Personal Financial Planning

Stuck on Success

How do you define personal success? I ask this question a lot, and interestingly, the answer frequently incorporates the concept of financial freedom. When I dig a bit deeper, financial freedom translates into a wide variety of dreams.

Why is financial freedom so attractive? Perhaps it is because so many people limit their ability to turn dreams into reality because of their financial situation.

We all know people in jobs that no longer bring pleasure, but they stay because of their need to maintain a certain income level. How many business owners are treading water in stagnant markets because they are afraid to take steps to change the business until profits reach a certain level? If only they were financially free Financial coach

At what point is it OK to take a risk? How much is enough? Do what you love and the money will follow, is that wise advice? While the reasons that people avoid change are multifaceted, finances are often cited as the reason, so let’s explore the issue.

Strategic Financial Planning

If your financial situation is preventing you from moving forward, what would you do if you were in better financial shape? Assuming you can answer that question with a few clearly defined goals (and if you can’t that comes first), financial planning can help you take steps toward addressing fears and demystifying the unknown by systematically identifying the risks, and evaluating the alternatives.

Let’s take a look at each of the steps in a financial planning process:

Setting goals

Collecting all relevant data

Identifying barriers to achieving goals

Setting a timeframe within which to achieve goals

Developing methods and procedures to help achieve those goals

Periodically re-examining goals and modifying them as conditions change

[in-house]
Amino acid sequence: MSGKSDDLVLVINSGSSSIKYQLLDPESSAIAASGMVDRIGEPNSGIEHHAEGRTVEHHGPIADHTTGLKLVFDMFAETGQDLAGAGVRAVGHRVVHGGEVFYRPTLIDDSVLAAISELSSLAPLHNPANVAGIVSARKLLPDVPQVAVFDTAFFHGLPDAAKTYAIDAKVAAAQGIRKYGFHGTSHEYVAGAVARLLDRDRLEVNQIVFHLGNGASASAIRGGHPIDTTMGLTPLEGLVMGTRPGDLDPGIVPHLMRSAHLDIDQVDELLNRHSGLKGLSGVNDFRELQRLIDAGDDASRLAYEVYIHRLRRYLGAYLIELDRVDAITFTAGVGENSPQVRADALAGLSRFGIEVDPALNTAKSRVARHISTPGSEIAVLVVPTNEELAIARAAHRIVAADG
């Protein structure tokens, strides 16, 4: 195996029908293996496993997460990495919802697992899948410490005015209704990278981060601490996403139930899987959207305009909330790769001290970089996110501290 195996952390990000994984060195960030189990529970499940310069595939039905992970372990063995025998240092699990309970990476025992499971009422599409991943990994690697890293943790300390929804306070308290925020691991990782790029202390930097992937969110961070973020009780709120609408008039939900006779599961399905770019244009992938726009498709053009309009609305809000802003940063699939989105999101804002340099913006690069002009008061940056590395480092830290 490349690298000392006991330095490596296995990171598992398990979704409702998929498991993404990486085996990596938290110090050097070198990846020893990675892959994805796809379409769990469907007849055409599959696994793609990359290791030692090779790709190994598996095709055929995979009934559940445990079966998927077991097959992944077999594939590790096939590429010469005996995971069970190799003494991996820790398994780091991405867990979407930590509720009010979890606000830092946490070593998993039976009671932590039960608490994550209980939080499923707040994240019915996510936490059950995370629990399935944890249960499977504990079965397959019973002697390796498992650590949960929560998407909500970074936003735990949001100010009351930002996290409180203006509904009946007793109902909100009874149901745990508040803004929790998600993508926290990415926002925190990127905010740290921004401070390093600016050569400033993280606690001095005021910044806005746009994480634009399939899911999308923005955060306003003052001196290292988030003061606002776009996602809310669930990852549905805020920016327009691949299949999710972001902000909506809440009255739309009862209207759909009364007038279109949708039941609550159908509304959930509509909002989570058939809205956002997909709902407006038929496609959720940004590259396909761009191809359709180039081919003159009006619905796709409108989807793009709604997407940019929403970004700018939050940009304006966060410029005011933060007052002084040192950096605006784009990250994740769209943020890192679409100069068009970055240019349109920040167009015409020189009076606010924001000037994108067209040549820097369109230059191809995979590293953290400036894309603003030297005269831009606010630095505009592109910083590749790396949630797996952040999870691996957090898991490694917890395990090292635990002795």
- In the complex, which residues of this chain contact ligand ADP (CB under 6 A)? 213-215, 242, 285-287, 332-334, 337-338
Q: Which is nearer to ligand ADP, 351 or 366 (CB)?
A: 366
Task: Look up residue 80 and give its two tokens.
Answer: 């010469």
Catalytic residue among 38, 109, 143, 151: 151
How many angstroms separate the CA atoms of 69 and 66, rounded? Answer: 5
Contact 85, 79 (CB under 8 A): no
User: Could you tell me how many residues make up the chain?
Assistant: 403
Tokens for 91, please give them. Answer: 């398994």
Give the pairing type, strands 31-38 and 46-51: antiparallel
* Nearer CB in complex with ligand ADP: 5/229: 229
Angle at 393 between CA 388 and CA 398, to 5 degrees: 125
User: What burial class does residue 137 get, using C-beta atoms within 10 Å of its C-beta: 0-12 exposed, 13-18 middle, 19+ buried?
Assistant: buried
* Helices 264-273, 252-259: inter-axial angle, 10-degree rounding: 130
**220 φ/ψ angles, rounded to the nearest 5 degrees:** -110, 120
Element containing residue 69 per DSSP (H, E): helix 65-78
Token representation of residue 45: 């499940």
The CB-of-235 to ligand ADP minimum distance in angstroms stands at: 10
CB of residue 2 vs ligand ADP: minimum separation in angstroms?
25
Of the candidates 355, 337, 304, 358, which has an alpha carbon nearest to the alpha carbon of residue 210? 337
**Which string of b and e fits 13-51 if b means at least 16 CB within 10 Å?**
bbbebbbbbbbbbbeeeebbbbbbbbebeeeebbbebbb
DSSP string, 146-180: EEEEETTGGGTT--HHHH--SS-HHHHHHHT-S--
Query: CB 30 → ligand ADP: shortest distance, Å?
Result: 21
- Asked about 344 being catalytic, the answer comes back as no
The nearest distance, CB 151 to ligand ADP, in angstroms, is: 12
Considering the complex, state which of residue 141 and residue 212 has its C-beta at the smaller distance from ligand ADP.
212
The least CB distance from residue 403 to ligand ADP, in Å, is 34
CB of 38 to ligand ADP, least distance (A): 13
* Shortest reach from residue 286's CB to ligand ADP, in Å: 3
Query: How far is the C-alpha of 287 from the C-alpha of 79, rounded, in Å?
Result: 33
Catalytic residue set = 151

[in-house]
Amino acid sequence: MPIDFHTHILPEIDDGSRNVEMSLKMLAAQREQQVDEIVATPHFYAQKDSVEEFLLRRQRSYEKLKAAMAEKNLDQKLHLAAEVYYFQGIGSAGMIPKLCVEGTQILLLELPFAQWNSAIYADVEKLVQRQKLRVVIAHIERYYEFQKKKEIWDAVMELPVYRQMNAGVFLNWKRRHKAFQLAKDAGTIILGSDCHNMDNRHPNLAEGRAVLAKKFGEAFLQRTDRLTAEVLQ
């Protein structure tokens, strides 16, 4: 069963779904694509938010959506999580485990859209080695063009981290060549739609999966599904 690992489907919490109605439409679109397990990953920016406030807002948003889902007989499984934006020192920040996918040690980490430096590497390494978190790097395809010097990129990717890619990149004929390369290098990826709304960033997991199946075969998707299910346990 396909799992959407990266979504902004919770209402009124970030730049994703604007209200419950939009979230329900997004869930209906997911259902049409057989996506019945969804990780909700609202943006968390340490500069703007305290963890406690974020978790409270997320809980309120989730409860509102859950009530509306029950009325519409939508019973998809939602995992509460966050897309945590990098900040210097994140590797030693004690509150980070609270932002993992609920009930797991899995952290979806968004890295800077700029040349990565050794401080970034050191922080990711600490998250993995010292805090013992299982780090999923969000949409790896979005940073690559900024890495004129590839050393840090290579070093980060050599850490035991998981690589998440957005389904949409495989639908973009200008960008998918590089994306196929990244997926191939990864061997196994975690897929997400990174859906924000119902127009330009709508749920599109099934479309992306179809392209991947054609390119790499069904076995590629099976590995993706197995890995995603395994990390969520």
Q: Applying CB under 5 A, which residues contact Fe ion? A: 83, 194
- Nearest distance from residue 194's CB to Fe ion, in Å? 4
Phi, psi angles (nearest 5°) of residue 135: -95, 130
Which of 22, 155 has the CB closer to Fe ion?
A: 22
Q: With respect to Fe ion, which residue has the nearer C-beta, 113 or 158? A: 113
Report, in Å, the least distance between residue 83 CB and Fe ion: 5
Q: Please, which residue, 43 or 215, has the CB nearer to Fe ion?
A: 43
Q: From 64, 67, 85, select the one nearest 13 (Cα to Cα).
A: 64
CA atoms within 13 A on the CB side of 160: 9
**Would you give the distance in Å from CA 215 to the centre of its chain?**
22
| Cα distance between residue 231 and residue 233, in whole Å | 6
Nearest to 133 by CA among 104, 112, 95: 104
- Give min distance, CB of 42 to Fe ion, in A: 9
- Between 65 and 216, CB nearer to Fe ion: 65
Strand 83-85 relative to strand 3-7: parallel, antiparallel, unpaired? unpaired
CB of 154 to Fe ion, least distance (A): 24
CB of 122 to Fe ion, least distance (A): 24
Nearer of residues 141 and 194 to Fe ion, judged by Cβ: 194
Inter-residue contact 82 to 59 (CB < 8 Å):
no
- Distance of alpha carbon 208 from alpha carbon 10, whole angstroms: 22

Setting Goals

Although many people address financial issues as they arise such as a child entering college, a family member dies, or it is time to sell the business, financial planning requires you to anticipate the future by setting goals. Without goals you can’t get very far in the financial planning process, and without a financial plan you may be limited in achieving your goals.

Collecting Relevant Data

Comprehensive financial planning requires that a number of critical areas are evaluated at the same time. Looking at any area in isolation will only tell a partial story, and the best alternatives to any one issue are often missed. The standard areas are tax planning, investment management, cash management, budgeting, retirement planning, estate planning, and insurance. The analysis is adjusted according to specific needs and might also include education funding, charitable giving, and trust management. The picture that forms by looking at all of the pieces together is the starting point to creating optimal financial strategies and to making realistic, well-educated decisions.

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